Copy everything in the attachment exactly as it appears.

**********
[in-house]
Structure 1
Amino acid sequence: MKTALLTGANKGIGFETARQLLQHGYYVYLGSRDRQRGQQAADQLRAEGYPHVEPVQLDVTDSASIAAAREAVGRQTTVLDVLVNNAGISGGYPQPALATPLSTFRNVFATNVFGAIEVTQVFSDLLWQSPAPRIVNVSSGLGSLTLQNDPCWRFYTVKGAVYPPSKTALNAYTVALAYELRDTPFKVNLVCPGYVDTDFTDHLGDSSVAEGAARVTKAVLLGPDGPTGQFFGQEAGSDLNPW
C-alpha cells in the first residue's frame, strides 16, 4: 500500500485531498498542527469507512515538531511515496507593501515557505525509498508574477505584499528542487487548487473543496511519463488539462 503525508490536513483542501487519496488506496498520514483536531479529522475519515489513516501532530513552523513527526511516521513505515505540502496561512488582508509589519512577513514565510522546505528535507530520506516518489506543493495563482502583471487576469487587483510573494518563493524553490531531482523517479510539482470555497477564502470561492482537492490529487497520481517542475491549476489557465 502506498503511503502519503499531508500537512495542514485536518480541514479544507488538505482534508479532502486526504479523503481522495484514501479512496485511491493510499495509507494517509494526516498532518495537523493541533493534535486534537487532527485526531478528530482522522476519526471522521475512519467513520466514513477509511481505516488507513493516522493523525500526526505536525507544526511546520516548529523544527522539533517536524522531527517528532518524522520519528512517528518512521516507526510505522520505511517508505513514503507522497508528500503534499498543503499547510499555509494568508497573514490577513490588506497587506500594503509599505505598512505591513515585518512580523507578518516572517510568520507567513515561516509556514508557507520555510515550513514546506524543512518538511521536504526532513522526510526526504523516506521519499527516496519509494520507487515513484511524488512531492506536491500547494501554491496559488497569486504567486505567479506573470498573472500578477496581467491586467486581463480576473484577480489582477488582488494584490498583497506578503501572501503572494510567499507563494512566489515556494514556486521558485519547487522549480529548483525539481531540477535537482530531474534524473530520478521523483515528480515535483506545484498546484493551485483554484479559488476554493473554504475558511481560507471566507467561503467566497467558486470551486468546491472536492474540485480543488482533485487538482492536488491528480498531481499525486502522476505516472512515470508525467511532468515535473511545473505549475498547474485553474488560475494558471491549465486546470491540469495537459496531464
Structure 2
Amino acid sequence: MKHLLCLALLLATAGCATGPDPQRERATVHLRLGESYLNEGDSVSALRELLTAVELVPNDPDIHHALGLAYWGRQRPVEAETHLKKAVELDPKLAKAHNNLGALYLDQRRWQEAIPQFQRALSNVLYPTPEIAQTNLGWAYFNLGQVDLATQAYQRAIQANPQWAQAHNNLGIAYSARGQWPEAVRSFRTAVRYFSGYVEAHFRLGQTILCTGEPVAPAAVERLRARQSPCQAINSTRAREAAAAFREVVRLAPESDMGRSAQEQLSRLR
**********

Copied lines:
[in-house]
Structure 1
Amino acid sequence: MKTALLTGANKGIGFETARQLLQHGYYVYLGSRDRQRGQQAADQLRAEGYPHVEPVQLDVTDSASIAAAREAVGRQTTVLDVLVNNAGISGGYPQPALATPLSTFRNVFATNVFGAIEVTQVFSDLLWQSPAPRIVNVSSGLGSLTLQNDPCWRFYTVKGAVYPPSKTALNAYTVALAYELRDTPFKVNLVCPGYVDTDFTDHLGDSSVAEGAARVTKAVLLGPDGPTGQFFGQEAGSDLNPW
C-alpha cells in the first residue's frame, strides 16, 4: 500500500485531498498542527469507512515538531511515496507593501515557505525509498508574477505584499528542487487548487473543496511519463488539462 503525508490536513483542501487519496488506496498520514483536531479529522475519515489513516501532530513552523513527526511516521513505515505540502496561512488582508509589519512577513514565510522546505528535507530520506516518489506543493495563482502583471487576469487587483510573494518563493524553490531531482523517479510539482470555497477564502470561492482537492490529487497520481517542475491549476489557465 502506498503511503502519503499531508500537512495542514485536518480541514479544507488538505482534508479532502486526504479523503481522495484514501479512496485511491493510499495509507494517509494526516498532518495537523493541533493534535486534537487532527485526531478528530482522522476519526471522521475512519467513520466514513477509511481505516488507513493516522493523525500526526505536525507544526511546520516548529523544527522539533517536524522531527517528532518524522520519528512517528518512521516507526510505522520505511517508505513514503507522497508528500503534499498543503499547510499555509494568508497573514490577513490588506497587506500594503509599505505598512505591513515585518512580523507578518516572517510568520507567513515561516509556514508557507520555510515550513514546506524543512518538511521536504526532513522526510526526504523516506521519499527516496519509494520507487515513484511524488512531492506536491500547494501554491496559488497569486504567486505567479506573470498573472500578477496581467491586467486581463480576473484577480489582477488582488494584490498583497506578503501572501503572494510567499507563494512566489515556494514556486521558485519547487522549480529548483525539481531540477535537482530531474534524473530520478521523483515528480515535483506545484498546484493551485483554484479559488476554493473554504475558511481560507471566507467561503467566497467558486470551486468546491472536492474540485480543488482533485487538482492536488491528480498531481499525486502522476505516472512515470508525467511532468515535473511545473505549475498547474485553474488560475494558471491549465486546470491540469495537459496531464
Structure 2
Amino acid sequence: MKHLLCLALLLATAGCATGPDPQRERATVHLRLGESYLNEGDSVSALRELLTAVELVPNDPDIHHALGLAYWGRQRPVEAETHLKKAVELDPKLAKAHNNLGALYLDQRRWQEAIPQFQRALSNVLYPTPEIAQTNLGWAYFNLGQVDLATQAYQRAIQANPQWAQAHNNLGIAYSARGQWPEAVRSFRTAVRYFSGYVEAHFRLGQTILCTGEPVAPAAVERLRARQSPCQAINSTRAREAAAAFREVVRLAPESDMGRSAQEQLSRLR